Seven on Seven is an annual conference hosted by Rhizome and the New Museum that pairs seven artists together with seven technologists to collaborate on projects created in a 24-hour period. The event’s second outing was last Saturday, May 14. The first question that came to my mind while attending the event was — what exactly is a technologist? Through the presentation speeches and Q+A sessions that showed off the series of thought-provoking collaborative artworks, I began to get an inkling of what the word might mean, and what its implications could be. But at a time when new media artists are technological innovators and software developers are artistic creators, where do we draw the line?
Prospect 2011 continues at the Museum of Contemporary Art San Diego until July 10, 2011
Seven weeks ago, Hyperallergic began collecting Mail Art for our Mail Art Bulletin. Now, we are super excited to announce a new leg of our Mail Art project!
In tandem with Northside Open Studios, Hyperallergic will be curating a Mail Artshow from June 16-19.
This past Friday May 13th marked Williamsburg 2:ND Fridays, a night of gallery openings and exhibition unveilings. I trekked around the neighborhood from the far north Causey Contemporary all the way down to Like the Spice gallery and checked out the shows. Here are my findings, in photo format.
At around 11:30 PM EST, the AP reported that detained Chinese artist Ai Weiwei was allowed a family visit with his wife Lu Qing at an undisclosed location. The artist is reportedly in good health.
It’s only natural that some mail art should focus on the envelope as its an integral part of what “mail art” is. So, today we’re posting a collection of envelopes we’ve received for the Mail Art Bulletin.
Can’t figure out how to fill up your culture diet this weekend? We’ve got your back, with Williamsburg Gallery Night going down tonight and Man Bartlett’s 140 hour-long Berlin performance streaming all weekend, plus Su Friedrich’s MICROSCOPE Gallery opening and the Seven on Seven art-tech collaborative event on Saturday.
As part of the Festival of Ideas For the New City anchored by the New Museum, a group of major artists have sprinkled the Bowery with murals. In collaboration with the Art Production Fund, painters including Mary Heilmann, Richard Prince and Jacqueline Humphries created murals for the roll-down metal gates of restaurant supply stores on the historic street. The trick is that these murals are only visible at night, after the stores close. Over the course of one evening’s sunset, I went on a scouting mission to photograph the works in their native habitat. Click through for the photo essay.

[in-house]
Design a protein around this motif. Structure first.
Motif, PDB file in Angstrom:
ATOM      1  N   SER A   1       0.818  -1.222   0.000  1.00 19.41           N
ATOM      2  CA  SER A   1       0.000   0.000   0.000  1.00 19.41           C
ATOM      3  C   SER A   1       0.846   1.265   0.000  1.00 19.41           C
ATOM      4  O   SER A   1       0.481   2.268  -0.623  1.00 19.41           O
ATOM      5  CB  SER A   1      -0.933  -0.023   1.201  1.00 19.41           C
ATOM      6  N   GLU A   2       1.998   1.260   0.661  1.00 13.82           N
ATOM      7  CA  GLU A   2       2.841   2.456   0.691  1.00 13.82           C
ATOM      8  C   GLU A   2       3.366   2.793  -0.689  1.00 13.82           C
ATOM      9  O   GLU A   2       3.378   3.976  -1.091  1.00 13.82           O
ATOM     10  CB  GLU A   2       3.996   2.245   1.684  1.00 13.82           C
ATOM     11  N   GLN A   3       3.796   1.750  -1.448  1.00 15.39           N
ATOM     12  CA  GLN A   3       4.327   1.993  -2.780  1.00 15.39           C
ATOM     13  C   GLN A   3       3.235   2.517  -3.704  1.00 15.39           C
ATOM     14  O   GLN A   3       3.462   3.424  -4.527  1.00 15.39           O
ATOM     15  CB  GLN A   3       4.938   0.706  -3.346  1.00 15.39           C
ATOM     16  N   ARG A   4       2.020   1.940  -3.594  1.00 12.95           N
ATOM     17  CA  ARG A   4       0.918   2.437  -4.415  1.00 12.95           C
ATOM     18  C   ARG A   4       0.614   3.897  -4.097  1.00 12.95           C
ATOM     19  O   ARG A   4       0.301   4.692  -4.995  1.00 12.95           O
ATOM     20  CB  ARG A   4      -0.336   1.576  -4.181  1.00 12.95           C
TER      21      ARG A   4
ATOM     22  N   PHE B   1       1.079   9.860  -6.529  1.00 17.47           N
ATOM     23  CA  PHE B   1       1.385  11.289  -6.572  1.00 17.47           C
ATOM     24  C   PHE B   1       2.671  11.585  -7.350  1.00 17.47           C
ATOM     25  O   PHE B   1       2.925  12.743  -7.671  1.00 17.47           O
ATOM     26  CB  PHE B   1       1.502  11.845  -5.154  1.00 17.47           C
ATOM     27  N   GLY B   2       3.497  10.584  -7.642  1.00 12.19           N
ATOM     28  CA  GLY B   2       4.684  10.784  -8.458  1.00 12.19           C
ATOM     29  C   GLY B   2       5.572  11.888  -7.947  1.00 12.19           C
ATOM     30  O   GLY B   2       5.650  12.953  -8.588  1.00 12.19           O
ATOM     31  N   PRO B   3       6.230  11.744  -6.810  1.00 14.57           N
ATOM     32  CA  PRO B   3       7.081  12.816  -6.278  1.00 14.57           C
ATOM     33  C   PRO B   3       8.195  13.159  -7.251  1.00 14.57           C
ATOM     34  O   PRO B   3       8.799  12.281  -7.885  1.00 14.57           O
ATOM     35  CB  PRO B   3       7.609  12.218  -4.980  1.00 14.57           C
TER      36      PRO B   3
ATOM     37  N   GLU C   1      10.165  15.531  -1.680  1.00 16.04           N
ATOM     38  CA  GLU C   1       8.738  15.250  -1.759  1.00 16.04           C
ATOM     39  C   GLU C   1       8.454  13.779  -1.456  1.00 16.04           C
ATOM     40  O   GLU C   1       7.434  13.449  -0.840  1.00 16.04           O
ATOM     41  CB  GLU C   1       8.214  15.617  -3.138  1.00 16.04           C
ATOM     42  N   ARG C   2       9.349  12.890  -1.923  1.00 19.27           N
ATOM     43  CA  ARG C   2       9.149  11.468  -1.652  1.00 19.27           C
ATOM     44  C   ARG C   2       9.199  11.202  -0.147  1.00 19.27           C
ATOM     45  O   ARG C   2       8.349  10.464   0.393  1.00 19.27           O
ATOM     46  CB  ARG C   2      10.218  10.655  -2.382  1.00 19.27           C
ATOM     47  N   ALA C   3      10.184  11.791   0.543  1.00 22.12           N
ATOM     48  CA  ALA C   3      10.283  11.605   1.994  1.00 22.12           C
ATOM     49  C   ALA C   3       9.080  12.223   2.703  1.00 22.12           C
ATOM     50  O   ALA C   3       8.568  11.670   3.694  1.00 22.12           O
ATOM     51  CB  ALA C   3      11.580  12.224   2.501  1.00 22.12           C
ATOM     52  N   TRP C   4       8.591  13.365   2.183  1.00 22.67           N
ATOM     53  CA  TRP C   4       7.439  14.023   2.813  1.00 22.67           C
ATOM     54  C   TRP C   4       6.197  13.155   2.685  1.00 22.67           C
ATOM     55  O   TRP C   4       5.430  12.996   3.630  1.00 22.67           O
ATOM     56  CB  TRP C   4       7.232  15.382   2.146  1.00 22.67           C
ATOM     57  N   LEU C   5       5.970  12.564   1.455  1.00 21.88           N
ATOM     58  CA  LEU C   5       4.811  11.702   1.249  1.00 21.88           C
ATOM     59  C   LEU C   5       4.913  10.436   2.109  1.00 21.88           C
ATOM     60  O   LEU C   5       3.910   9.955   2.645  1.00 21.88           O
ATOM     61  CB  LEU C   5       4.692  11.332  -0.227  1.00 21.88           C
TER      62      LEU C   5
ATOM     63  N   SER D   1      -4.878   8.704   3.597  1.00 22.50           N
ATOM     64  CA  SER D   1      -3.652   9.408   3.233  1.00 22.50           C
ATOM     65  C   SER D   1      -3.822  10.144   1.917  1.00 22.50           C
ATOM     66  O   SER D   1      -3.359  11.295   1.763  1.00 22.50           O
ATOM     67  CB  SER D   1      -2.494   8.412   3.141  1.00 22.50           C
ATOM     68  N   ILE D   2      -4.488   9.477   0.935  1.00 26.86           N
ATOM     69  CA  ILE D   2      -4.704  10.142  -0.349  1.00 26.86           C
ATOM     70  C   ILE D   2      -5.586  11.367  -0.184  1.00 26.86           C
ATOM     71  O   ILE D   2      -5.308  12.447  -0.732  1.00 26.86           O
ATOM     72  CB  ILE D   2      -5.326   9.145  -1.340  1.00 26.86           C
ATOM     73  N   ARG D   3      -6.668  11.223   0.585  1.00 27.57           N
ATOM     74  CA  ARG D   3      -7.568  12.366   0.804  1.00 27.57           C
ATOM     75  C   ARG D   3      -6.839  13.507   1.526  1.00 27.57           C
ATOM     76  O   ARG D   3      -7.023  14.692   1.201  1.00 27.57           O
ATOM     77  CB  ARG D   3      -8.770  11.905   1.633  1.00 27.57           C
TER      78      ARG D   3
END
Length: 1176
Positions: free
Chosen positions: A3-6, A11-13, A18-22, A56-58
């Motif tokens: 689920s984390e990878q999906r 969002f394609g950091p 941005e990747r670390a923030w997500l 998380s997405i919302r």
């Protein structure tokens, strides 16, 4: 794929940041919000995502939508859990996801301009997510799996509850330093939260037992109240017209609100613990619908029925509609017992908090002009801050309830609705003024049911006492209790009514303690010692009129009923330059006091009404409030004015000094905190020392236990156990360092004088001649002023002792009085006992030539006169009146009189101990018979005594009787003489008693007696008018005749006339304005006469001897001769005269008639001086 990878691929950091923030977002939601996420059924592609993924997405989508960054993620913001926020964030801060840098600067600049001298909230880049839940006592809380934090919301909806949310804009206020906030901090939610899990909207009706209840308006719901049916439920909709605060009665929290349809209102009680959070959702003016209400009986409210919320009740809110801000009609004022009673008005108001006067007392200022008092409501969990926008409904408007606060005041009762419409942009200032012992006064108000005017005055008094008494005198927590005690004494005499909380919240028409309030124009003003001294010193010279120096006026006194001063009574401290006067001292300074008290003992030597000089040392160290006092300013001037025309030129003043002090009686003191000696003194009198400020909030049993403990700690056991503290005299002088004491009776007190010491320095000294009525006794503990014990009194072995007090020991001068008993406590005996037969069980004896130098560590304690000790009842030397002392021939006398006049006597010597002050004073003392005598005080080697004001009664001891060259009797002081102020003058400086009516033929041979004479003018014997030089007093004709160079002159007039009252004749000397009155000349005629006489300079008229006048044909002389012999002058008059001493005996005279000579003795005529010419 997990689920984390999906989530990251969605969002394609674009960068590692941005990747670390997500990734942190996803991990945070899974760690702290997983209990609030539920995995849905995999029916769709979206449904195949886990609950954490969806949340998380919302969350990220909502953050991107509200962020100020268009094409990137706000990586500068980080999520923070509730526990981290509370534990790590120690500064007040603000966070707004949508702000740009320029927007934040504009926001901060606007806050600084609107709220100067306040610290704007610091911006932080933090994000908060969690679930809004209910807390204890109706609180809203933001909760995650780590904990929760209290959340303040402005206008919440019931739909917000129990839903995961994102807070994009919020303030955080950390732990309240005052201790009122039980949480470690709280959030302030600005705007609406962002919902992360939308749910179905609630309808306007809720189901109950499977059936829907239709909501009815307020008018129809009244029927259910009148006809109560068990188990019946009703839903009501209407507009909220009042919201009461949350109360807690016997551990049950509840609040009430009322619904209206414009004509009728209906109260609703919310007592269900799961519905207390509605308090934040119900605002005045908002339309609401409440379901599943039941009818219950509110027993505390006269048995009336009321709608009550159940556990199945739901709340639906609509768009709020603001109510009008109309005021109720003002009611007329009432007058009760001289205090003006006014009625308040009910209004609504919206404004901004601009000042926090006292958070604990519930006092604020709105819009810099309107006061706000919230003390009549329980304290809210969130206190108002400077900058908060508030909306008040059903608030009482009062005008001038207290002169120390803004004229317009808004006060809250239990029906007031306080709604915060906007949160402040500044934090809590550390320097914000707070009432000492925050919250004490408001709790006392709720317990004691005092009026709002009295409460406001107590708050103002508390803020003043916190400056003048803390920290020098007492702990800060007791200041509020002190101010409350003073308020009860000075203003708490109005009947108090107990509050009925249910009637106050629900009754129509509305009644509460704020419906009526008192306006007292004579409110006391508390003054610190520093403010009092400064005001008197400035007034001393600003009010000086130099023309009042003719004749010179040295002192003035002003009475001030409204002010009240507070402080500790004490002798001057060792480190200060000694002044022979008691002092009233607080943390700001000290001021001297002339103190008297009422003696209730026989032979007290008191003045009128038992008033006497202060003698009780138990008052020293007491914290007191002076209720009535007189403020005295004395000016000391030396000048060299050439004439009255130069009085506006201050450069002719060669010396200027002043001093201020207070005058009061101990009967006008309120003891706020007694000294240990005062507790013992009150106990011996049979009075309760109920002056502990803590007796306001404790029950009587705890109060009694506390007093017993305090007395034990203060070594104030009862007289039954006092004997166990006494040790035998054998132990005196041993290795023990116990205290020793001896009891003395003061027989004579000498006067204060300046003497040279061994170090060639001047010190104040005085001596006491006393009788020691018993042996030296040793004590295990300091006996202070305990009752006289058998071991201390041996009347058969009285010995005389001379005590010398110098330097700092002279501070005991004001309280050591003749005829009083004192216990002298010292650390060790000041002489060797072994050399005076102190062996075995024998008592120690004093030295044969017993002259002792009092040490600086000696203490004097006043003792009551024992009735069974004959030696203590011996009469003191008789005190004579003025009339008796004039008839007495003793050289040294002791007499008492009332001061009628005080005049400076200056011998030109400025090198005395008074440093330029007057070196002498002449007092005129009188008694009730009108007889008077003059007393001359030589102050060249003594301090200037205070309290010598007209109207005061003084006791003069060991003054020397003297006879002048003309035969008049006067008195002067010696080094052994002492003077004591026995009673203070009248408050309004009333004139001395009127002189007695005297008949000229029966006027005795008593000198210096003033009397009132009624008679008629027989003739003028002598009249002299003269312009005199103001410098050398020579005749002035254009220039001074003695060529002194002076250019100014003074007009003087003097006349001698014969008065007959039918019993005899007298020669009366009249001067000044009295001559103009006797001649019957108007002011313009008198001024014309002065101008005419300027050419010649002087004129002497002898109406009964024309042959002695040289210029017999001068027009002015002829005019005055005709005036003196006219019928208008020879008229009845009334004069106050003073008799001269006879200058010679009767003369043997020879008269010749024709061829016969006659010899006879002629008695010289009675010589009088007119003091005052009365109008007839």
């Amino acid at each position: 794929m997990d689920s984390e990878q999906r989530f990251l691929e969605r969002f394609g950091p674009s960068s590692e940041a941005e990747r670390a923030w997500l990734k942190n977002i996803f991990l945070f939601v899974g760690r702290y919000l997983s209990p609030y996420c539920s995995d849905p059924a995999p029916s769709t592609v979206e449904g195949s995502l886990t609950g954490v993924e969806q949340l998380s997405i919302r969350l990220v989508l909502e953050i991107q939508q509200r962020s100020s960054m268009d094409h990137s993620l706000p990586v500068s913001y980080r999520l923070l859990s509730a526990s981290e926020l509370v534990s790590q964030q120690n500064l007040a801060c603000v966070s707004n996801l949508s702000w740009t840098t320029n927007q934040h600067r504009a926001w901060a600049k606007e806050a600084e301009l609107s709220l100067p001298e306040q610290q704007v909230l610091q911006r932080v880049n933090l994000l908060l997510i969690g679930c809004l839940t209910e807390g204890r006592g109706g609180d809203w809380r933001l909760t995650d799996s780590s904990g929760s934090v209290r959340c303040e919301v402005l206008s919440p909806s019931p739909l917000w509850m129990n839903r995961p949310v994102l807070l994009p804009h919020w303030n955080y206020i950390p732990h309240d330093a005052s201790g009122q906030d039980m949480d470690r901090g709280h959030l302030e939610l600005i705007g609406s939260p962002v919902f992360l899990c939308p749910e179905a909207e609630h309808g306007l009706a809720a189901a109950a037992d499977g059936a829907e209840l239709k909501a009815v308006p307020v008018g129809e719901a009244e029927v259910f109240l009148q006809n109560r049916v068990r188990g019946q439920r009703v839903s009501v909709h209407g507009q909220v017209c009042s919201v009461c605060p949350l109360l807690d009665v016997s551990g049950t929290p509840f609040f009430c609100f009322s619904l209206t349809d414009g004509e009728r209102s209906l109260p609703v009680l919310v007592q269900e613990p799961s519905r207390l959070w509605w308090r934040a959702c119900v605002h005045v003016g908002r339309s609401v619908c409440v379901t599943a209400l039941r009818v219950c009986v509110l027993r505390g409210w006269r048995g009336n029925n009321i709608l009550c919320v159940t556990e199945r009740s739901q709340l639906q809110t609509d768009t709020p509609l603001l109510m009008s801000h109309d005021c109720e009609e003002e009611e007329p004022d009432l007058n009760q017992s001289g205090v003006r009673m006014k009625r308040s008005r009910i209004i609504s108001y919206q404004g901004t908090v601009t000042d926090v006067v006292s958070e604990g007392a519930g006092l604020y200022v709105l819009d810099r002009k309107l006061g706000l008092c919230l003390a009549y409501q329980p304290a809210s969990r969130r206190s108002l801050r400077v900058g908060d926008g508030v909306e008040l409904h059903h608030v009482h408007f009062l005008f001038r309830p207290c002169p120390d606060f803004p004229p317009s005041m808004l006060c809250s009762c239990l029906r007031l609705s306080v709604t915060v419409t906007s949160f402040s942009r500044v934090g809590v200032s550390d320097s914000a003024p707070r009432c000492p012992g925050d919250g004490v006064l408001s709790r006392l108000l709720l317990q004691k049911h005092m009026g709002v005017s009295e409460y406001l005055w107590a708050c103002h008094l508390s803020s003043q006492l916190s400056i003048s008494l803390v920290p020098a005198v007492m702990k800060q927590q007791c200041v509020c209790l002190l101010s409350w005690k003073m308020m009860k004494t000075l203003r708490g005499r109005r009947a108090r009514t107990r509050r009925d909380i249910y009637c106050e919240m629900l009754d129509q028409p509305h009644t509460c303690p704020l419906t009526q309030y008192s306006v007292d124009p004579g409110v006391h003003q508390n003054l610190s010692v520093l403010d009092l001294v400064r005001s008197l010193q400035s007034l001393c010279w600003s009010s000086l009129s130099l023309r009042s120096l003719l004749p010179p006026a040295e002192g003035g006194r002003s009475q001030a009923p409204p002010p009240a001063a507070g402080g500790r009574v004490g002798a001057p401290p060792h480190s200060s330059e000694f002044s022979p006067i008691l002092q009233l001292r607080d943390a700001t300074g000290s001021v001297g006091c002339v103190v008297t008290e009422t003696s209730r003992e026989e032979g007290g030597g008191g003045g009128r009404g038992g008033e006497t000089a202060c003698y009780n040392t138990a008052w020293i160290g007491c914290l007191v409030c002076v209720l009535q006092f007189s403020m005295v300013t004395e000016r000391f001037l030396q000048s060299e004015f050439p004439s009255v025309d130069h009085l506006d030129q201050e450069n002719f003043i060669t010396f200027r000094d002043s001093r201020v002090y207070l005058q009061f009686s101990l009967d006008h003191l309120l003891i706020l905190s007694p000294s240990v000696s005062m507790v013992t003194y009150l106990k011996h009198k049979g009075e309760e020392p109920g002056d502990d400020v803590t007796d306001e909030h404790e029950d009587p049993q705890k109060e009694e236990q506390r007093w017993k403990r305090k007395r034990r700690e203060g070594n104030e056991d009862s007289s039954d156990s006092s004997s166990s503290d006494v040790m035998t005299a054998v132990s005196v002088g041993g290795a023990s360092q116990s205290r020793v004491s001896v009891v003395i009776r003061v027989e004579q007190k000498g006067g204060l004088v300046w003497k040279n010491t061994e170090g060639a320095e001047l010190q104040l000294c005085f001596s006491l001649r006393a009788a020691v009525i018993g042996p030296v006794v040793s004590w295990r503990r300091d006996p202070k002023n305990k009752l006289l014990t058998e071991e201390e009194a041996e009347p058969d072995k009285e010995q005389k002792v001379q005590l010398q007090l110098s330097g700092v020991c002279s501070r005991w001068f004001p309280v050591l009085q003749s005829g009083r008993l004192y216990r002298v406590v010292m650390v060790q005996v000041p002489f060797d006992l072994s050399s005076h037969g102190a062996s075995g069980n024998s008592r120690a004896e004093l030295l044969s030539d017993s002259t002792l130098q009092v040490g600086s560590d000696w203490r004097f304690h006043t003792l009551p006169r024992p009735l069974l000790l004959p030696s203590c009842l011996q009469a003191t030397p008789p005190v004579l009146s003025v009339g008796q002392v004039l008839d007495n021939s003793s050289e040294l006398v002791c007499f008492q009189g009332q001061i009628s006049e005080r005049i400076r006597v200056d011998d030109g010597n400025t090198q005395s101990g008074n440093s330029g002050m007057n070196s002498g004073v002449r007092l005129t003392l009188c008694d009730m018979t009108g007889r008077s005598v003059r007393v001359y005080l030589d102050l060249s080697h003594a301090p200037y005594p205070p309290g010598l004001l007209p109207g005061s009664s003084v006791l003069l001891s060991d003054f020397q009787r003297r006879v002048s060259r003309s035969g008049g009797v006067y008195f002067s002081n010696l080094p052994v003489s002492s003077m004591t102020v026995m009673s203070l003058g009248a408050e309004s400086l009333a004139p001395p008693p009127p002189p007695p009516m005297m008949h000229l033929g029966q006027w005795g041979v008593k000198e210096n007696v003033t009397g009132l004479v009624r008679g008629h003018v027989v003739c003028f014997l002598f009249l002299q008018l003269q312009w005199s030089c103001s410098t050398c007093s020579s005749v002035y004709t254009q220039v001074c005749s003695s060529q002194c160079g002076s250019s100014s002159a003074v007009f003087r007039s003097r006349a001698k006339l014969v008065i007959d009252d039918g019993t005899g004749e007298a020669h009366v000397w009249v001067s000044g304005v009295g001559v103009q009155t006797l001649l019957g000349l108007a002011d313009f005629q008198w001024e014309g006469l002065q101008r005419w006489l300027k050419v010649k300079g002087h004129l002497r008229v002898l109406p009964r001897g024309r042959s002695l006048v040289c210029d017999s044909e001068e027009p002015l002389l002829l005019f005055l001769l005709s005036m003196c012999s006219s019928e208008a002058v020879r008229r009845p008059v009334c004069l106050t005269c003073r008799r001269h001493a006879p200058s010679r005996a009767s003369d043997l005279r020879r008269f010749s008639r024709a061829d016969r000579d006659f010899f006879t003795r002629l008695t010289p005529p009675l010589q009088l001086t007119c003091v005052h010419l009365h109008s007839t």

Here’s something you probably didn’t know. Since at least the Reagan era, still cameras have not been allowed to photograph the US President giving televised speeches at the White House. Now, the White House says things wil change, but what the future arrangement will be for still photographers is not yet clear.
Obama laid a wreath at the base of the former World Trade Towers right after Osama had been buried at sea. And, as if on cue the utopian “Festival of Ideas For the New City” launched, vowing to “harness the power of the creative community to imagine the future city and explore the ideas destined to shape it.” Starchitects, visionaries, the homeless, mayors, artists, foodies, freegans, the playskool crowd, beggars, actors, bakers, and 100 plus organizations bulwarked by the combined might of the New Museum, The Architectural League, The Bowery Poetry Club, C-Lab, Columbia University Center for Architecture, Cooper Union, The Drawing Center, NYU Wagner, Storefront for Art and Architecture, and the Swiss Institute looked around their own post-recession backyards to tackle sustainability and revitalization, declaring “yes we can.” And for four days, they did.
When director Victor Ruano was a teenager, he wanted to make a movie that could reflect in time, sound and images what that still painting said to him. In his mind, it stood as a description of certain aspects of his society and the country of El Salvador. He would dare to say, that in a sense El Cadáver Exquisito is that painting at 24 frames per second. This image is superimposed onto a billboard in the beginning of the film and serves as a kind of table of contents of what is to come. It stands as a form of dialogue in time, between generations, and through conflicts.
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